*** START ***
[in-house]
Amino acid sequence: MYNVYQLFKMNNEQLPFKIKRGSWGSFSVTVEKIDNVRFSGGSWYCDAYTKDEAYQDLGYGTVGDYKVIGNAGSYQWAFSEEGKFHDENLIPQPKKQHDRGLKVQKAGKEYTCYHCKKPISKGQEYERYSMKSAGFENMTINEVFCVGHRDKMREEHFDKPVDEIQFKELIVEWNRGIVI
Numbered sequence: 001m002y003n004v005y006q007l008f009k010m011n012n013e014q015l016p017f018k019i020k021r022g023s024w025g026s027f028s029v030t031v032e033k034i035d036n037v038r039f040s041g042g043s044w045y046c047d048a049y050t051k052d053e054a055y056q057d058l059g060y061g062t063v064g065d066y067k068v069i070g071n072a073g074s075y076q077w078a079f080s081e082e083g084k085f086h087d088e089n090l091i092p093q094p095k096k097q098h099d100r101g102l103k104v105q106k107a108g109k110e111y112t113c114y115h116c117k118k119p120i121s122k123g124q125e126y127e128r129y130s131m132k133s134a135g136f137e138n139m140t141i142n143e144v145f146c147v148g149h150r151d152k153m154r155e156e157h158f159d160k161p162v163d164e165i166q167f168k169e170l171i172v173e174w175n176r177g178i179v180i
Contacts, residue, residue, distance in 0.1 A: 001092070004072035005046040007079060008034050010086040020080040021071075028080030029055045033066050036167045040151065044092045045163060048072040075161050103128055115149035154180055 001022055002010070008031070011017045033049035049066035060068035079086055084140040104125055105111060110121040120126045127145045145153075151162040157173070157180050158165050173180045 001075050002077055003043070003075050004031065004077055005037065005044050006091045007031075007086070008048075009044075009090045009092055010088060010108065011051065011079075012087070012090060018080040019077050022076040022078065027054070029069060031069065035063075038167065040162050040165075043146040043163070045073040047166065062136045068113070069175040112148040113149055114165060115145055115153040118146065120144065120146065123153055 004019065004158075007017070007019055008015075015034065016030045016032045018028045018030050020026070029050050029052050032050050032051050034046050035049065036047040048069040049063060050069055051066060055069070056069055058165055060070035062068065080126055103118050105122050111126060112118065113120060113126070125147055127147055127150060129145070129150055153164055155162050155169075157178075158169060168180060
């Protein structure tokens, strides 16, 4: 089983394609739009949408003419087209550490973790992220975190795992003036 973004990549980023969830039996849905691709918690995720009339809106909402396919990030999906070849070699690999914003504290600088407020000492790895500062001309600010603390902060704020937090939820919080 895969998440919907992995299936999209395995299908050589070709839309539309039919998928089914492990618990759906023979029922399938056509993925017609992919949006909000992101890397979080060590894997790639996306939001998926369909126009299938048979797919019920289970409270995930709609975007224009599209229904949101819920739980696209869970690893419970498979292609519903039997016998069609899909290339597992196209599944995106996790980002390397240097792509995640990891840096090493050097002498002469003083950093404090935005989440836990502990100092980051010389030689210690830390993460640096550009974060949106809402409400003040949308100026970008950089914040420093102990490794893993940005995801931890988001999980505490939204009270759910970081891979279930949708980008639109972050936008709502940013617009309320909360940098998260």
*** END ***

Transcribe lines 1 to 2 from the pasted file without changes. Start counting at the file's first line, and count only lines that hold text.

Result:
[in-house]
Amino acid sequence: MYNVYQLFKMNNEQLPFKIKRGSWGSFSVTVEKIDNVRFSGGSWYCDAYTKDEAYQDLGYGTVGDYKVIGNAGSYQWAFSEEGKFHDENLIPQPKKQHDRGLKVQKAGKEYTCYHCKKPISKGQEYERYSMKSAGFENMTINEVFCVGHRDKMREEHFDKPVDEIQFKELIVEWNRGIVI